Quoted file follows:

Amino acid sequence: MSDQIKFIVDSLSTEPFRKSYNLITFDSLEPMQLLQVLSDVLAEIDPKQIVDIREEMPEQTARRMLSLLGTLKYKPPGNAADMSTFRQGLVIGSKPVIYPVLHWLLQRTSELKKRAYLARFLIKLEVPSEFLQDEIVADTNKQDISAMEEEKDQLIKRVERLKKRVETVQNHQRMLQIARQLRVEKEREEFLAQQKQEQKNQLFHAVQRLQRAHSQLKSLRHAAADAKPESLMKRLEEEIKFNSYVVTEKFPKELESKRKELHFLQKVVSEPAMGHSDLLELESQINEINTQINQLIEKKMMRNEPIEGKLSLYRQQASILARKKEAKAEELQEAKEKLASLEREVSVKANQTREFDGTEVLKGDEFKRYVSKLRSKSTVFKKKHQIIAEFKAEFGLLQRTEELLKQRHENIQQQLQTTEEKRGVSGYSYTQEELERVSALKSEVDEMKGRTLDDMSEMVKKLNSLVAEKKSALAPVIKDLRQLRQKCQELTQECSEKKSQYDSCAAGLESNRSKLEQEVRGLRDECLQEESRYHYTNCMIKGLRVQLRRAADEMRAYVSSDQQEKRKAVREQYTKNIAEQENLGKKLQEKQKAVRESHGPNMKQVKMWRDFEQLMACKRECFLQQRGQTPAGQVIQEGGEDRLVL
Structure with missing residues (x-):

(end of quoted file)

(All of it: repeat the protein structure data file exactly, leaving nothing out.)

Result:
Amino acid sequence: MSDQIKFIVDSLSTEPFRKSYNLITFDSLEPMQLLQVLSDVLAEIDPKQIVDIREEMPEQTARRMLSLLGTLKYKPPGNAADMSTFRQGLVIGSKPVIYPVLHWLLQRTSELKKRAYLARFLIKLEVPSEFLQDEIVADTNKQDISAMEEEKDQLIKRVERLKKRVETVQNHQRMLQIARQLRVEKEREEFLAQQKQEQKNQLFHAVQRLQRAHSQLKSLRHAAADAKPESLMKRLEEEIKFNSYVVTEKFPKELESKRKELHFLQKVVSEPAMGHSDLLELESQINEINTQINQLIEKKMMRNEPIEGKLSLYRQQASILARKKEAKAEELQEAKEKLASLEREVSVKANQTREFDGTEVLKGDEFKRYVSKLRSKSTVFKKKHQIIAEFKAEFGLLQRTEELLKQRHENIQQQLQTTEEKRGVSGYSYTQEELERVSALKSEVDEMKGRTLDDMSEMVKKLNSLVAEKKSALAPVIKDLRQLRQKCQELTQECSEKKSQYDSCAAGLESNRSKLEQEVRGLRDECLQEESRYHYTNCMIKGLRVQLRRAADEMRAYVSSDQQEKRKAVREQYTKNIAEQENLGKKLQEKQKAVRESHGPNMKQVKMWRDFEQLMACKRECFLQQRGQTPAGQVIQEGGEDRLVL
Structure with missing residues (x-):